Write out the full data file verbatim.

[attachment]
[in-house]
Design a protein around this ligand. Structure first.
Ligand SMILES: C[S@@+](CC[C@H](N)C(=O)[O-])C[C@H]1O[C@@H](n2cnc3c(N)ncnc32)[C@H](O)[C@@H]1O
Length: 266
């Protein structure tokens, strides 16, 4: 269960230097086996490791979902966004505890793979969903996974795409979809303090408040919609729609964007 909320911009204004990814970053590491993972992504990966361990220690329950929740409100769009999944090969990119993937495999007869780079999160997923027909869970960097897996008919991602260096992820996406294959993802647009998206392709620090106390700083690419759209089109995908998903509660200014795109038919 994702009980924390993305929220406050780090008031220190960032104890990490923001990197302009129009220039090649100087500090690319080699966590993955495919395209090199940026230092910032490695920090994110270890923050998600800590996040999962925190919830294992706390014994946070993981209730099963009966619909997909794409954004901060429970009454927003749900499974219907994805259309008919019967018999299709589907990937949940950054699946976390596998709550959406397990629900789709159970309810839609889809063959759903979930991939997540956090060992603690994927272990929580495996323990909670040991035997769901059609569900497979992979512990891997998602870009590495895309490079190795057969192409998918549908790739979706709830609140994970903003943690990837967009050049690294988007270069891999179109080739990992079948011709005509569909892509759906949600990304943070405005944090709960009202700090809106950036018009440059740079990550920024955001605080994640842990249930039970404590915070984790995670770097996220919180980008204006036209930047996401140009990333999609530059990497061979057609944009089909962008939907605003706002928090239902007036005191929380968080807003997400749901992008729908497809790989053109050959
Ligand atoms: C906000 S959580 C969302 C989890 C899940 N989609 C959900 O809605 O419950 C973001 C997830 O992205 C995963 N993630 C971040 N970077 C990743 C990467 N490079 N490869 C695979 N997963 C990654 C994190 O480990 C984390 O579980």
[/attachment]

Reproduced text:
[in-house]
Design a protein around this ligand. Structure first.
Ligand SMILES: C[S@@+](CC[C@H](N)C(=O)[O-])C[C@H]1O[C@@H](n2cnc3c(N)ncnc32)[C@H](O)[C@@H]1O
Length: 266
């Protein structure tokens, strides 16, 4: 269960230097086996490791979902966004505890793979969903996974795409979809303090408040919609729609964007 909320911009204004990814970053590491993972992504990966361990220690329950929740409100769009999944090969990119993937495999007869780079999160997923027909869970960097897996008919991602260096992820996406294959993802647009998206392709620090106390700083690419759209089109995908998903509660200014795109038919 994702009980924390993305929220406050780090008031220190960032104890990490923001990197302009129009220039090649100087500090690319080699966590993955495919395209090199940026230092910032490695920090994110270890923050998600800590996040999962925190919830294992706390014994946070993981209730099963009966619909997909794409954004901060429970009454927003749900499974219907994805259309008919019967018999299709589907990937949940950054699946976390596998709550959406397990629900789709159970309810839609889809063959759903979930991939997540956090060992603690994927272990929580495996323990909670040991035997769901059609569900497979992979512990891997998602870009590495895309490079190795057969192409998918549908790739979706709830609140994970903003943690990837967009050049690294988007270069891999179109080739990992079948011709005509569909892509759906949600990304943070405005944090709960009202700090809106950036018009440059740079990550920024955001605080994640842990249930039970404590915070984790995670770097996220919180980008204006036209930047996401140009990333999609530059990497061979057609944009089909962008939907605003706002928090239902007036005191929380968080807003997400749901992008729908497809790989053109050959
Ligand atoms: C906000 S959580 C969302 C989890 C899940 N989609 C959900 O809605 O419950 C973001 C997830 O992205 C995963 N993630 C971040 N970077 C990743 C990467 N490079 N490869 C695979 N997963 C990654 C994190 O480990 C984390 O579980």